Slavery, Artificial Intelligence and Brands Ethical Dilemma in the Modern World
Summary of the case
In the quest to become more competitive in the global market, multinational corporations
have been accused of bypassing structured regulations and failing to promote ethical standards in
their operations. However, the host governments abstain from interventions because the MNCs
might withdraw from the market, leaving the locals unemployed. Some of these MNCs have
ignored workers’ welfare due to their profit maximization policies. This has led to the
development and growth of modern slavery and servitude, where the MNCs compromise the
locals to work at globally unaccepted standards. Due to various dynamics in society, some
companies have preferred to integrate robotics in the operations, which may have adverse effects
on human beings and the labor market.
What might be the due balance of these interests?
MNEs have been viewed as great contributors to people's employment in the economy
without considering their various social implications. They provide taxes and other direct and
indirect benefits to the host governments; hence the governments cannot intervene when these
corporations are exploitative on the citizens. This is because the hosting governments may fear
that the interventions may scare away foreign investors, leaving the locals unemployed (Munin,
2018). Competition in the global market makes the corporation adopt low-cost strategies to
source cheap raw materials from suppliers. This ensures that their production costs are relatively
lower; hence, their products may enjoy a competitive advantage in the markets. Some of these
suppliers have been compelled by such situations to use young children and other forced labor
forms to make their raw materials affordable and competitive.
Checks and balances to ensure a balance of interest is respected globally.
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Every stakeholder is equally essential in market operations. The local communities require the
MNEs for employment, and the MNEs need the citizens to provide labor. The suppliers play a
vital role in ensuring the delivery of raw materials that will enable production processes.
Creating a balance will ensure all the stakeholders mutually enjoy the benefits of these
operations. This can be through the ratification of various declarations that protect human rights
and laborers, such as the European Convention on Human Rights, which provides that no one
shall be held in slavery or servitude and further protects individuals' rights from forced labor.
Other regulations may be created to compel governments to finance the citizens using the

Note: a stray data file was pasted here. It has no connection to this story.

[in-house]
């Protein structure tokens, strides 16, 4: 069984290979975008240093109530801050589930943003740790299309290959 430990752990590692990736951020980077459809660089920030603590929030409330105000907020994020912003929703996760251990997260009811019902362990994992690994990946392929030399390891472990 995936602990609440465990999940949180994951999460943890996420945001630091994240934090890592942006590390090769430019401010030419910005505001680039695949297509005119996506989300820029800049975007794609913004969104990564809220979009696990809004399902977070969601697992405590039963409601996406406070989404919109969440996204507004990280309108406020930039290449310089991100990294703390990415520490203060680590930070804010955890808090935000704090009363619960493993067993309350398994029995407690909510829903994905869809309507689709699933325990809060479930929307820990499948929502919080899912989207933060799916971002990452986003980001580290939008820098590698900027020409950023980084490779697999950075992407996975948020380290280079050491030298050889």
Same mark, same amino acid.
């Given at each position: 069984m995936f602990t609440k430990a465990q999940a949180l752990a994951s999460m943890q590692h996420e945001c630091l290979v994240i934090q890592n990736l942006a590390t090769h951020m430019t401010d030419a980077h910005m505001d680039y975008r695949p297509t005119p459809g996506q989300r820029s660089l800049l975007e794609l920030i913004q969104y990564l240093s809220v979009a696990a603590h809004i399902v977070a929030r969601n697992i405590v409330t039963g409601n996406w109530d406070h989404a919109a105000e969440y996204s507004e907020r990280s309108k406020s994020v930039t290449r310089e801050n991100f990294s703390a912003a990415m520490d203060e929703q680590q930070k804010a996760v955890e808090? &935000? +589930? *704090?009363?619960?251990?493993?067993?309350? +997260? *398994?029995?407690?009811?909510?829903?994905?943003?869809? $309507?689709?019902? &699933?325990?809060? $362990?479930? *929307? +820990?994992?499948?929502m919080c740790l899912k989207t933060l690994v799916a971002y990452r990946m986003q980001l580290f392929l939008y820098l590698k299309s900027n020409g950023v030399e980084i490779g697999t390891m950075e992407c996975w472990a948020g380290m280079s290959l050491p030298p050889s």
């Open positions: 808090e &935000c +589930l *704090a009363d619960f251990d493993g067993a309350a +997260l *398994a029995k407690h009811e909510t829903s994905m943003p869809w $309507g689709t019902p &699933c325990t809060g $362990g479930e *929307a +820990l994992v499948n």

multinational corporations' taxes. In other cases where MNEs might be using robotics, the
governments may make regulations that control and constrain robotics that undermines human
power and capacity (Munin, 2018).
Consumers’ power to make MNEs respect this balance of interests globally
Consumers may advocate for the development of national legislation and regulations that
ensure sufficient measures are taken to defend weak economies from the exploitative nature of
MNEs (Munin, 2018). The consumers may advocate that the MNEs should be socially liable for
any environmental implication against society by requiring the corporations to act in socially
Consumers’ power to abolish slavery and exploitative tendencies by MNEs
Consumers can join hands in forcing MNEs to be truthful and respectful to the workers and
the entire communities. Their lives are influenced directly or indirectly by their operations as a
condition for buying their products. This can be through boycotting of cheap products produced
in the interests of profits at the expense of the workers (Munin, 2018). For example, consumers
may boycott brands that make chocolate whose suppliers of cocoa powder and butter use
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children and other forced labor forms in their firms. This will cause the MNEs to adopt globally
accepted standards and alert their suppliers on the effects of using forced labor.
MNEs play a crucial role in supporting the local economies and livelihoods of many
individuals. However, the bypassing of various labor policies and the use of artificial intelligence
to undermine human capacity should be addressed to ensure all the stakeholders mutually benefit
from the operations.
ETHICAL BRANDING AND MARKETING 5
Munin, N. (2018). Slavery, Chocolate, and Artificial Intelligence: Brands ethical dilemma in a
modern world. In H. Gringarten, & R. Fernandez-Calienes (Eds.) Ethical Branding and
Marketing; Cases and lessons (pp. 143–158). Routledge Management and